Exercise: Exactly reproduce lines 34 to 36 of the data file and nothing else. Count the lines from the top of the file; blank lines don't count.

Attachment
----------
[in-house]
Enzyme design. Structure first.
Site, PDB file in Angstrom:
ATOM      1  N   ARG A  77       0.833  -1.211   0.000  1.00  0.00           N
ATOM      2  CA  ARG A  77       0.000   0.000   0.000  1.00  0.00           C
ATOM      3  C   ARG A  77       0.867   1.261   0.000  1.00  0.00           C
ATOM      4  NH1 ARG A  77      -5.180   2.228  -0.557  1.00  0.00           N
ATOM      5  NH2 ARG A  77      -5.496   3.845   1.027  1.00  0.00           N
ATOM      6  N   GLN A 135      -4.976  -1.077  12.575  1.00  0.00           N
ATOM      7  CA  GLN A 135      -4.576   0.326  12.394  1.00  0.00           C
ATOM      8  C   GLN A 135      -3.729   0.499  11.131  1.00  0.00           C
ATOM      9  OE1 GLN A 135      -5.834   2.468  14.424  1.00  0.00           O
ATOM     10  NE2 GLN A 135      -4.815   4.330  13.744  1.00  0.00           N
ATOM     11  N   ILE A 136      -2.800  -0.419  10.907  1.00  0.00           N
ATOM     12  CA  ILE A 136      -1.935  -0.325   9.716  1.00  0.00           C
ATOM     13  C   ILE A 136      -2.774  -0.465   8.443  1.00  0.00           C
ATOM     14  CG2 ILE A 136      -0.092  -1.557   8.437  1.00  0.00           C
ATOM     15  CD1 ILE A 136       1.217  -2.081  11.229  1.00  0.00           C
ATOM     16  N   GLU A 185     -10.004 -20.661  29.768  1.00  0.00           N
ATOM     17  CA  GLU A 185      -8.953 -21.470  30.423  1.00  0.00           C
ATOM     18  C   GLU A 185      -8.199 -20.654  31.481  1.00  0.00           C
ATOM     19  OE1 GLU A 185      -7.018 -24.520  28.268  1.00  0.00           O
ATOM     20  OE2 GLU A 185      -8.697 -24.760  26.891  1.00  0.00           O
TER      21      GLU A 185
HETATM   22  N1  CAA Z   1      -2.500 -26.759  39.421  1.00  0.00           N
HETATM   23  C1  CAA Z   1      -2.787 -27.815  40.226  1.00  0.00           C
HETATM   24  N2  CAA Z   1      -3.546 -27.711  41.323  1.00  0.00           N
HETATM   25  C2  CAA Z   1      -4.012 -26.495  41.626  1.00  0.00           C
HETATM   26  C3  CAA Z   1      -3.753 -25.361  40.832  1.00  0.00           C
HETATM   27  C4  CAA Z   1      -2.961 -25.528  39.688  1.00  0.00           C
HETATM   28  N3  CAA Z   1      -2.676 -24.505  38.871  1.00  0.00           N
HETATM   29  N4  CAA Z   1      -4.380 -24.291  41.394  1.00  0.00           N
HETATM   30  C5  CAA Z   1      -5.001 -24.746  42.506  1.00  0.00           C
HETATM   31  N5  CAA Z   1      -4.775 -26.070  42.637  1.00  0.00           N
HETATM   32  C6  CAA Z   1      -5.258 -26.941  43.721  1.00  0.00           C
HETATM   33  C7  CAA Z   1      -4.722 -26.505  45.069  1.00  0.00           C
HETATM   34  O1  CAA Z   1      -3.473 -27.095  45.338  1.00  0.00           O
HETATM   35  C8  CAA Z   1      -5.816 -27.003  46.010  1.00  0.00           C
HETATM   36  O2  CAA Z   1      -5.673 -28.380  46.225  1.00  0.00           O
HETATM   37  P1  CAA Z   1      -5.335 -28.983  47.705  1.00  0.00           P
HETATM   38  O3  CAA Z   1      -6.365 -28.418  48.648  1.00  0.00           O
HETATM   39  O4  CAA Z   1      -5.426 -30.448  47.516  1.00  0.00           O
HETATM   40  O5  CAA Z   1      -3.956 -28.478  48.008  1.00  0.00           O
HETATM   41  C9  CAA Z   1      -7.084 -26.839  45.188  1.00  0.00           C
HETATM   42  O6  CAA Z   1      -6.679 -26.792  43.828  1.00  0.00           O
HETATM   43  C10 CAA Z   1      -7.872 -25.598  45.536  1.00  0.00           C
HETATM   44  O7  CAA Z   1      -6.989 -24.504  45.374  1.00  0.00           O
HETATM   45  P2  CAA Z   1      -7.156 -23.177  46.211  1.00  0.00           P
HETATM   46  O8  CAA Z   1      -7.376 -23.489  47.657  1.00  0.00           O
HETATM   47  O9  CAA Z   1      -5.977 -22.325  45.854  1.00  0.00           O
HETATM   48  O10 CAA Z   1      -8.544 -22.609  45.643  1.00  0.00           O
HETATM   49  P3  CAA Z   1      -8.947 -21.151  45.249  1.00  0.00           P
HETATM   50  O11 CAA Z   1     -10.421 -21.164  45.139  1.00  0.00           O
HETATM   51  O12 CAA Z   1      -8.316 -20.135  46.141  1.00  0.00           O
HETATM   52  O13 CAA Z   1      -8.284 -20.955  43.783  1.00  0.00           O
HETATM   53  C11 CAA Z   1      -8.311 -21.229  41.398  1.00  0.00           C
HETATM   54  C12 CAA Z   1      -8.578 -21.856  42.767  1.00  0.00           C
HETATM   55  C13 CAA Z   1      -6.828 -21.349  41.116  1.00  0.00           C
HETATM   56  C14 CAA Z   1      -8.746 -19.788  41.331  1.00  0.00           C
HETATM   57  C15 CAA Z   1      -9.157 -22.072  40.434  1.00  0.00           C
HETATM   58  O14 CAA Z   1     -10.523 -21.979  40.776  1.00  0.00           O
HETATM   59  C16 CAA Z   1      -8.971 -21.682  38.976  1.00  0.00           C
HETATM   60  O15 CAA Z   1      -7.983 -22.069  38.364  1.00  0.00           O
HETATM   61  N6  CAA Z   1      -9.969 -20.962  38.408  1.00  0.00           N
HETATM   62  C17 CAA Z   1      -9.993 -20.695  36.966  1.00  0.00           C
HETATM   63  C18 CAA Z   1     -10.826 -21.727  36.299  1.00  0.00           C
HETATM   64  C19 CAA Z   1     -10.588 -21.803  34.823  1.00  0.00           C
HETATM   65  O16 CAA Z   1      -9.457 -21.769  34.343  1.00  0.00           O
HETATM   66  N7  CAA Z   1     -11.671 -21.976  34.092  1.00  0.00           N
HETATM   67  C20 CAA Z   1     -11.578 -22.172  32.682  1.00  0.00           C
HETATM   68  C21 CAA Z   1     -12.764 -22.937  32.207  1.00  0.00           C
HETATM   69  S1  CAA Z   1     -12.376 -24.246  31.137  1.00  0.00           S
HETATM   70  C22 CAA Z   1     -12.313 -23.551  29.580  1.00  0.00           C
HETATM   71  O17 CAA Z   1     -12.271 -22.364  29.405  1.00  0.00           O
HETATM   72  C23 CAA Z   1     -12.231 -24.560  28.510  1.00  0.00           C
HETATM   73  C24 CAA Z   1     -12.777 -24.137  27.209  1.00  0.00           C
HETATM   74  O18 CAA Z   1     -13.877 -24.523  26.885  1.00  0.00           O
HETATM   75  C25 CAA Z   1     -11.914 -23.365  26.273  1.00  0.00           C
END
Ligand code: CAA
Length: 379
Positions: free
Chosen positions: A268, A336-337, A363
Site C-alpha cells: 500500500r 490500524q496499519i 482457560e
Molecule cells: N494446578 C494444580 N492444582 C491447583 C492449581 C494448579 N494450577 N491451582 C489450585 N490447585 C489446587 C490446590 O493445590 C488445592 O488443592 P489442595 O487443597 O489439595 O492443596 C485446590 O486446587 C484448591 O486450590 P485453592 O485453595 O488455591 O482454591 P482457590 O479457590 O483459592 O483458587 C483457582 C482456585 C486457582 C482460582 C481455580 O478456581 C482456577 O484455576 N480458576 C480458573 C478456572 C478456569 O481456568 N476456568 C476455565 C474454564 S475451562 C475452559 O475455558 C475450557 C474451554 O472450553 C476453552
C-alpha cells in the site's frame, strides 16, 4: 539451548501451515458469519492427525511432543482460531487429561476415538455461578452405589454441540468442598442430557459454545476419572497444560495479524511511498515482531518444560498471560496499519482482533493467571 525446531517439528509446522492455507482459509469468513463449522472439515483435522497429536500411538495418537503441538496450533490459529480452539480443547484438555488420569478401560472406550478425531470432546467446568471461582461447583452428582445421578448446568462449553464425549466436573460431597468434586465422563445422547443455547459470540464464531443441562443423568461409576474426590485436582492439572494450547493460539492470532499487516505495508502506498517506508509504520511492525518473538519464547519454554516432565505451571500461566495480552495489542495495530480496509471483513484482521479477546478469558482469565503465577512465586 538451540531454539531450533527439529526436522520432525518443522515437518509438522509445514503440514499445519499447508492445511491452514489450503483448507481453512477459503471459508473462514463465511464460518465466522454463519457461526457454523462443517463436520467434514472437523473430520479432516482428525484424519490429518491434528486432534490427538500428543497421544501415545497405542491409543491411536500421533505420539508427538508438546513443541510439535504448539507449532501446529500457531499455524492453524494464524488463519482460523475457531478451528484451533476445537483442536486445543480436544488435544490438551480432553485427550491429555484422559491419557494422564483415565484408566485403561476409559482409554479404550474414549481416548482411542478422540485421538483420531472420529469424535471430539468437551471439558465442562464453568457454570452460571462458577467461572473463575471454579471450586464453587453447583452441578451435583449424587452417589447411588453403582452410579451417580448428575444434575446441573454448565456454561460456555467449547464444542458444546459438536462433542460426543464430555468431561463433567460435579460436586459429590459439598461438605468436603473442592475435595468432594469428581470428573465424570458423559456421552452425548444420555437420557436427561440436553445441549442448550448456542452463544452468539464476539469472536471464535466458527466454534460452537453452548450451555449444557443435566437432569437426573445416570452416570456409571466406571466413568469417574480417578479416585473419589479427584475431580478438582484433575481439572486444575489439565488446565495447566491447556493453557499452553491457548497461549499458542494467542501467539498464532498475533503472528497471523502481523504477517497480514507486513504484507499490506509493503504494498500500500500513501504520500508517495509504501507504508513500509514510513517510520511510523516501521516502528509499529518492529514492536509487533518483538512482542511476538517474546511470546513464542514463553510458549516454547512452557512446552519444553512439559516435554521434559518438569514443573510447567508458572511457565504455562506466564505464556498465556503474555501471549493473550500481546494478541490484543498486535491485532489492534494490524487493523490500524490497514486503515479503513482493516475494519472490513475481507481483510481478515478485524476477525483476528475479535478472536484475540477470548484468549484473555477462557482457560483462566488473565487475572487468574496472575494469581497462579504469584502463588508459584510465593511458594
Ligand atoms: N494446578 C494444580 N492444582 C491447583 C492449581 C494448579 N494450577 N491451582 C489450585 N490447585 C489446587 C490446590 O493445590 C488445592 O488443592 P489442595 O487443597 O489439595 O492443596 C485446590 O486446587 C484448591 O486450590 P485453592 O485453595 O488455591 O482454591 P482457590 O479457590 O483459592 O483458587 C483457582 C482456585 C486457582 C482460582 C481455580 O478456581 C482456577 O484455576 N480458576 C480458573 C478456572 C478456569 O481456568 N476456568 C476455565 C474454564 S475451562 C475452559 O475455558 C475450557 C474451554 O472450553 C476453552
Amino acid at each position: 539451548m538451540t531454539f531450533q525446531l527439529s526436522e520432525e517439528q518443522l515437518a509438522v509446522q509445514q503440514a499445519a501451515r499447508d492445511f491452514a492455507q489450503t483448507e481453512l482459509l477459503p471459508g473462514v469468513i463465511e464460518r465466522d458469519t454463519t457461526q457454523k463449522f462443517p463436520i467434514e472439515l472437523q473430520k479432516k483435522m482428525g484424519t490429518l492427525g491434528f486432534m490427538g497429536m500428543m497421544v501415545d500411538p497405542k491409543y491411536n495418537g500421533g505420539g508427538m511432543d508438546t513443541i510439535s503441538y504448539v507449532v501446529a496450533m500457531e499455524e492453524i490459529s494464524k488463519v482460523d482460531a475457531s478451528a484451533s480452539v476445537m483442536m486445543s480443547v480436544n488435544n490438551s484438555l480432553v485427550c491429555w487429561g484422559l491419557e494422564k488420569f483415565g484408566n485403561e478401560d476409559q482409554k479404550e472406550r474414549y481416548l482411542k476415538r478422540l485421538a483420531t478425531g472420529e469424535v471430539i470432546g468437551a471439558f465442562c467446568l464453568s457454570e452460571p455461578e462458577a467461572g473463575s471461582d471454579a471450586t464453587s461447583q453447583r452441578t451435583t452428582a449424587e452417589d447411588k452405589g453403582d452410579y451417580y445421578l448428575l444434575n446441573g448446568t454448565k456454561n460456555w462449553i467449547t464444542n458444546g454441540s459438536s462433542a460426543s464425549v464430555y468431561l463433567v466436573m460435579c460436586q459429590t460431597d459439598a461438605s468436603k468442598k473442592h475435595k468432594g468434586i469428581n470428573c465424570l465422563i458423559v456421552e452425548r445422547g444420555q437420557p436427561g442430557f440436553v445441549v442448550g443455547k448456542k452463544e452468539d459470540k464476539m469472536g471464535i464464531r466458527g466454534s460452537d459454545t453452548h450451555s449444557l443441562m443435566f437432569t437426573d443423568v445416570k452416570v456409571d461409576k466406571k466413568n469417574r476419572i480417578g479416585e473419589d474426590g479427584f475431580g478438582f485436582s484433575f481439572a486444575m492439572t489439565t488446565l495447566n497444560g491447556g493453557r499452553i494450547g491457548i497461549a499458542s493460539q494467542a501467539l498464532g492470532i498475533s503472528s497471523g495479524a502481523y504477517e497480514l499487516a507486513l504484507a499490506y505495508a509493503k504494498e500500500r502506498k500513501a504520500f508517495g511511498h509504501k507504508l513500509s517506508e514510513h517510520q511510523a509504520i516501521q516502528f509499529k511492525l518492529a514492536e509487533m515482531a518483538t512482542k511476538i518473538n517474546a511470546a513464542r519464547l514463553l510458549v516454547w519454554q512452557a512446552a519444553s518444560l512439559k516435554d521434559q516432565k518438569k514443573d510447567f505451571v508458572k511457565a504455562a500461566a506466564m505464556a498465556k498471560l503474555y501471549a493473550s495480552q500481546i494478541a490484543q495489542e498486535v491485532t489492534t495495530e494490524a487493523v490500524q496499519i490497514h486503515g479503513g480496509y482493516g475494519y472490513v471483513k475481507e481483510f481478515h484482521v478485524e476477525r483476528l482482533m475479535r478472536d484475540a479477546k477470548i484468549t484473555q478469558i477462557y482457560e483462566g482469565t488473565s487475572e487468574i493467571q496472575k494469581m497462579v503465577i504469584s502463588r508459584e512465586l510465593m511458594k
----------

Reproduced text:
HETATM   31  N5  CAA Z   1      -4.775 -26.070  42.637  1.00  0.00           N
HETATM   32  C6  CAA Z   1      -5.258 -26.941  43.721  1.00  0.00           C
HETATM   33  C7  CAA Z   1      -4.722 -26.505  45.069  1.00  0.00           C